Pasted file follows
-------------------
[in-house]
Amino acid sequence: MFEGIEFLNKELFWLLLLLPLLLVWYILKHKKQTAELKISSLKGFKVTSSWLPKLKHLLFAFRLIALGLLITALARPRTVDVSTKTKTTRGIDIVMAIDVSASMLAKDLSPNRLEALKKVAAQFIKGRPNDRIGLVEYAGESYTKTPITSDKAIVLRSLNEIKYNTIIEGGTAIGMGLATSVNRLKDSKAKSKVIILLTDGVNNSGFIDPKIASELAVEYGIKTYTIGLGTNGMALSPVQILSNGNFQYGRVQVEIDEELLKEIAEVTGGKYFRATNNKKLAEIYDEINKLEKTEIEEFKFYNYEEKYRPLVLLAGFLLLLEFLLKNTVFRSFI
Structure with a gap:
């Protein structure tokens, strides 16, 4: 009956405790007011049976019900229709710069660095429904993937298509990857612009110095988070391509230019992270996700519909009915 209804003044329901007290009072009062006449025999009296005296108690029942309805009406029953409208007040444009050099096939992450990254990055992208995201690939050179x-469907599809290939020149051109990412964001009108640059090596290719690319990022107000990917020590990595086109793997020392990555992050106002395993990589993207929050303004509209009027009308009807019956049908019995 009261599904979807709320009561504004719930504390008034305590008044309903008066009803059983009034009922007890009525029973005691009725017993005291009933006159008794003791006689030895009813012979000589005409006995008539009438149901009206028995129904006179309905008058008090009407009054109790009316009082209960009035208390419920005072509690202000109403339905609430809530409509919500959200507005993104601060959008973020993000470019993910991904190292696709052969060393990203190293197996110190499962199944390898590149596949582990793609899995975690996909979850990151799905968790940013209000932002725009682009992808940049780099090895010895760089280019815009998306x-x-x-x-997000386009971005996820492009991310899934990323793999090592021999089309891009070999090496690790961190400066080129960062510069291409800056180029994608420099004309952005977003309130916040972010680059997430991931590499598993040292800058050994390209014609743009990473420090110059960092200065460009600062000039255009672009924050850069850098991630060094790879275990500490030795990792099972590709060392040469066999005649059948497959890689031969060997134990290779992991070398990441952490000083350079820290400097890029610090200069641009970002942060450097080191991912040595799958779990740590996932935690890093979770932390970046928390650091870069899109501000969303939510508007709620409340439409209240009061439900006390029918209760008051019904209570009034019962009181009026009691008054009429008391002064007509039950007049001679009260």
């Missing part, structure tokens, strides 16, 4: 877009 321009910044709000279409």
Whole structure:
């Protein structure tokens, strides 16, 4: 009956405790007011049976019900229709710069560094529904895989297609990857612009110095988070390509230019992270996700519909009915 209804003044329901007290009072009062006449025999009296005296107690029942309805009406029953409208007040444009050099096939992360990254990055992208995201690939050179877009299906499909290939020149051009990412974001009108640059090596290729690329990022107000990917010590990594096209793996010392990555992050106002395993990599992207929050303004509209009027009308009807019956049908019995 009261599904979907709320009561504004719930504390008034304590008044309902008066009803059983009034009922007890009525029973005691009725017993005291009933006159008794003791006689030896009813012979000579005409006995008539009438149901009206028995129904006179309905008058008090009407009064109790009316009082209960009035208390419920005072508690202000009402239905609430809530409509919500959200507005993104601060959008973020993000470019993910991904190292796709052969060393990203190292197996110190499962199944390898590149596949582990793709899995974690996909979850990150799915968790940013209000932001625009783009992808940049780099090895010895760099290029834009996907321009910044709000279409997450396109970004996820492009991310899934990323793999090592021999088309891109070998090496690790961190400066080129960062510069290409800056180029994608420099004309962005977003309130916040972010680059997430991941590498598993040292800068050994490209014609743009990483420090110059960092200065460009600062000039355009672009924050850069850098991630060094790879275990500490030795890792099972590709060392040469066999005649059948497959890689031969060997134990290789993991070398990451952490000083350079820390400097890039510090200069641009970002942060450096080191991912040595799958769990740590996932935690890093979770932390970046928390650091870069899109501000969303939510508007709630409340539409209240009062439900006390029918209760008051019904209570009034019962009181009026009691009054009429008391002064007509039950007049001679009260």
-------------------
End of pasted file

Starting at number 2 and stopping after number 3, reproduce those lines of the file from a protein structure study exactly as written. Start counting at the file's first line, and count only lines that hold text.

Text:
Amino acid sequence: MFEGIEFLNKELFWLLLLLPLLLVWYILKHKKQTAELKISSLKGFKVTSSWLPKLKHLLFAFRLIALGLLITALARPRTVDVSTKTKTTRGIDIVMAIDVSASMLAKDLSPNRLEALKKVAAQFIKGRPNDRIGLVEYAGESYTKTPITSDKAIVLRSLNEIKYNTIIEGGTAIGMGLATSVNRLKDSKAKSKVIILLTDGVNNSGFIDPKIASELAVEYGIKTYTIGLGTNGMALSPVQILSNGNFQYGRVQVEIDEELLKEIAEVTGGKYFRATNNKKLAEIYDEINKLEKTEIEEFKFYNYEEKYRPLVLLAGFLLLLEFLLKNTVFRSFI
Structure with a gap: